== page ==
Alicia Vikander as Lara Croft in Tomb Raider
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Tomb Raider 2 director is ready for a video game movie - he's already designing films in Minecraft

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Oct 26, 2020, 3:44 PM EDT

Video games are the future of filmmaking — and not just for video game movies either. Jon Favreau and his team were trailblazing with The Lion King remake, which they partially constructed and filmed with the use of a video game engine. Designing films, especially animated films, is easier when you're working with pixels and not physical sets. Ben Wheatley, director of films like Free Fire and Rebecca, is taking on a sequel to the recent Tomb Raider film and has a slightly more accessible and low-tech solution to that same end goal: Minecraft.

Speaking to Polygon, Wheatley explained that he's been using the ubiquitous building game for years to develop his on-screen work. Basically, he's already made a video game movie...if a movie partially designed inside a video game counts. The 2016 shoot-'em-up Free Fire (starring Sharlto Copley, Armie Hammer, Brie Larson, and Cillian Murphy) was "effectively a Counter Strike game," according to Wheatley. “And I designed it in Minecraft.”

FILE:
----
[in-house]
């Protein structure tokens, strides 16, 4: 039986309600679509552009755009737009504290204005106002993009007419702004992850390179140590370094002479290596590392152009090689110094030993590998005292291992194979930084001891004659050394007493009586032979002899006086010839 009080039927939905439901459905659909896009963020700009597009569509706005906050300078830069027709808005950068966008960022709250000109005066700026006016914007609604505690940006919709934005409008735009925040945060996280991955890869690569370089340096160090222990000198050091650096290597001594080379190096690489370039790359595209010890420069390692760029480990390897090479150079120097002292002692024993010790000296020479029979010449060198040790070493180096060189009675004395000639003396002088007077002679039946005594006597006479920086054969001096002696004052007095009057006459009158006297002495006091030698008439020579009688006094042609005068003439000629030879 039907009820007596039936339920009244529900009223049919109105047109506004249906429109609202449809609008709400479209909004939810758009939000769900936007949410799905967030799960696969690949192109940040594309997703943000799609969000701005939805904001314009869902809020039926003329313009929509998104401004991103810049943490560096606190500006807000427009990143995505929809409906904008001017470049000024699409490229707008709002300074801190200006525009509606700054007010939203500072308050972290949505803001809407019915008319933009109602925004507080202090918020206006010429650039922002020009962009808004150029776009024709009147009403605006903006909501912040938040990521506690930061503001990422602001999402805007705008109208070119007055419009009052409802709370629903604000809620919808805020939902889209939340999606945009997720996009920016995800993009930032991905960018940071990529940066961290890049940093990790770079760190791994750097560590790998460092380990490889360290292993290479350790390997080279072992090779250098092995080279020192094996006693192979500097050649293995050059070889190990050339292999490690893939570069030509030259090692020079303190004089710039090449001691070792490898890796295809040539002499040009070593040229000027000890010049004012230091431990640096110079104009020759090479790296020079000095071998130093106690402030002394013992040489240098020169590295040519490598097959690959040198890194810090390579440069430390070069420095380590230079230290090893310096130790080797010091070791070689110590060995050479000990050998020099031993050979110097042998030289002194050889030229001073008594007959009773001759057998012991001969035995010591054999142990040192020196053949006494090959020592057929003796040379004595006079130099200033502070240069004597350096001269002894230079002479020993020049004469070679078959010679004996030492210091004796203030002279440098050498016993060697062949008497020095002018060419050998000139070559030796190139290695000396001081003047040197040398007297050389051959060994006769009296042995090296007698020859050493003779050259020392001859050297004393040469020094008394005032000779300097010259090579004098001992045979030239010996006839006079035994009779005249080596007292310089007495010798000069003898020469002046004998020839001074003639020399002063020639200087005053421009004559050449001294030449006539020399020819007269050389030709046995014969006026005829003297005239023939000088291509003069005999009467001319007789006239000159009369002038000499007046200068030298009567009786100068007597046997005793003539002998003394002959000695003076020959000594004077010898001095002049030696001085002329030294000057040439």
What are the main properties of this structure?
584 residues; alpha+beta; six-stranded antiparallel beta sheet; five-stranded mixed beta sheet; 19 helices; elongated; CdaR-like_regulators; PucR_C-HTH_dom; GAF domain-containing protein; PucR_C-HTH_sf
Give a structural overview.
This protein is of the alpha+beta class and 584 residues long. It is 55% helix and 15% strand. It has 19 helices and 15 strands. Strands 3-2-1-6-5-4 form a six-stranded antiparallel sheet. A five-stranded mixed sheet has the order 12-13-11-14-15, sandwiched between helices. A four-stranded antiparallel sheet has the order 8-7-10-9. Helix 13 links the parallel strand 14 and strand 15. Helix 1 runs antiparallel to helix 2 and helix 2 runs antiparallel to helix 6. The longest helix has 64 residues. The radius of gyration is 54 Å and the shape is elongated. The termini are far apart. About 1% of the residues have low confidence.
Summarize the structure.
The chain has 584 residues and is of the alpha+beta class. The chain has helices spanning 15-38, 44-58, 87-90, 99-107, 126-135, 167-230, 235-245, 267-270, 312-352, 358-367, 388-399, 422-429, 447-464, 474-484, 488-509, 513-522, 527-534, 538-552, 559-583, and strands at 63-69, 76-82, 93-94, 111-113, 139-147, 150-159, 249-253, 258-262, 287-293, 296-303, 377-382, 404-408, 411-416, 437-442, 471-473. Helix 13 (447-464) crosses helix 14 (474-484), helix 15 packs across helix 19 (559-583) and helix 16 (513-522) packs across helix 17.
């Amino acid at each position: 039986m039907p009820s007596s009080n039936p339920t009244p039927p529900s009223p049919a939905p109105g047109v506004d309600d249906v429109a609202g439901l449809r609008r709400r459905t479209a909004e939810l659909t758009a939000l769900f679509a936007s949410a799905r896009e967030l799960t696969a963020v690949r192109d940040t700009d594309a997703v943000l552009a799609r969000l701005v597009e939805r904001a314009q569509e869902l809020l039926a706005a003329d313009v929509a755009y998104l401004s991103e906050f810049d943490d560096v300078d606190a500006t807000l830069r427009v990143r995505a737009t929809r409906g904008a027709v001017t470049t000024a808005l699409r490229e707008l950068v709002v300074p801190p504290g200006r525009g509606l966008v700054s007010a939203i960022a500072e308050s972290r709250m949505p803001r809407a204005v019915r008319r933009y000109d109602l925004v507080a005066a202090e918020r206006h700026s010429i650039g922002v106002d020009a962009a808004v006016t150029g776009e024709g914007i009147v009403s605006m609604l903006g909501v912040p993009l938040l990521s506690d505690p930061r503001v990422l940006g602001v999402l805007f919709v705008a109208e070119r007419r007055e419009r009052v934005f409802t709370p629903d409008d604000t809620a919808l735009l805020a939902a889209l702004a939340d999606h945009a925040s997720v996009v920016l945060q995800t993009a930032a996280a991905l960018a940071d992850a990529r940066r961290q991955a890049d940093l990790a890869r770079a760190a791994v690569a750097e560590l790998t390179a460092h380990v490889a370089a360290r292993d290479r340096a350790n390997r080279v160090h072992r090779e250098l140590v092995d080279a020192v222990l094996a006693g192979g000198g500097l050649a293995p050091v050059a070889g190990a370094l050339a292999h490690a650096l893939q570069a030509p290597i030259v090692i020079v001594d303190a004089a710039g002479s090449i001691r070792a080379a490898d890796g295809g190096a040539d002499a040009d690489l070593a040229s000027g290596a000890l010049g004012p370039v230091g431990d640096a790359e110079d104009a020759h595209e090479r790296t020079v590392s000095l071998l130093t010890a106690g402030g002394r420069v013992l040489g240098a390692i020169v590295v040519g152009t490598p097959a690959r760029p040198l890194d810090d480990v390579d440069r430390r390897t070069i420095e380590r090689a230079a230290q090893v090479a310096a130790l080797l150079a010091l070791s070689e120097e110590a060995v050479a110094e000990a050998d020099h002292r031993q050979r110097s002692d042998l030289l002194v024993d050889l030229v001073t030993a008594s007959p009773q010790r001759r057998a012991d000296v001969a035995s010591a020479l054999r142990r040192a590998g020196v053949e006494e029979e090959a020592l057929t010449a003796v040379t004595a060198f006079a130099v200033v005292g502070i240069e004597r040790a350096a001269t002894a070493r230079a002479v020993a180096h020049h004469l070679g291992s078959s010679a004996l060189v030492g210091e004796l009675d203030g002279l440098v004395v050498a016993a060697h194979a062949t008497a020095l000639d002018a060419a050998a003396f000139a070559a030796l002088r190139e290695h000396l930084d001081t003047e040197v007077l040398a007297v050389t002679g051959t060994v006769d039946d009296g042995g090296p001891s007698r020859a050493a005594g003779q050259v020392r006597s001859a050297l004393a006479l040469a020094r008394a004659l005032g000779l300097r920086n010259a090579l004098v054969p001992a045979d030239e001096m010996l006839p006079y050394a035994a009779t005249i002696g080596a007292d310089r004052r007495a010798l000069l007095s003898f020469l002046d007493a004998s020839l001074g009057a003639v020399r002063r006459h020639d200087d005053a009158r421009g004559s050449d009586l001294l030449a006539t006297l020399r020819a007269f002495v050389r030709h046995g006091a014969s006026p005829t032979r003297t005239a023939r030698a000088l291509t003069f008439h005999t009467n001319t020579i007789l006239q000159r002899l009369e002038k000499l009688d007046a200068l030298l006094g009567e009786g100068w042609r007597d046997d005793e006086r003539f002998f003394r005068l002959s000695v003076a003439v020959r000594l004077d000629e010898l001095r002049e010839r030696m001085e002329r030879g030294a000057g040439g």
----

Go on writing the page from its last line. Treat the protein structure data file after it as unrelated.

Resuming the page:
The director cites the game, which recently saw its main character infiltrate the stages of Super Smash Bros. Ultimate, as “the most user friendly 3D, CAD design” solution for a filmmaker on a budget. “When we [built the set for Free Fire in Minecraft], we actually got cardboard boxes, which were the same dimensions as the cubes from Minecraft, and then rebuilt the thing we built inside the warehouse," Wheatley explained. However, making a video game movie is a lot different (and has bigger challenges) than designing a movie inside a video game.

“Video games have trouble crossing back into cinema because they are born out of cinema,” Wheatley said. “But the the magic sauce is interaction, which you’re then removing back out of the game to put it back into a film. That’s the trick the back and forth of it, and that’s why it’s been very hard to make things successful.”

Though Wheatley confirms that he's still committed to making Tomb Raider 2, he's not spilling any details on the sequel project — or if he's started putting it together set by set inside of his personal, secret Minecraft server.

 

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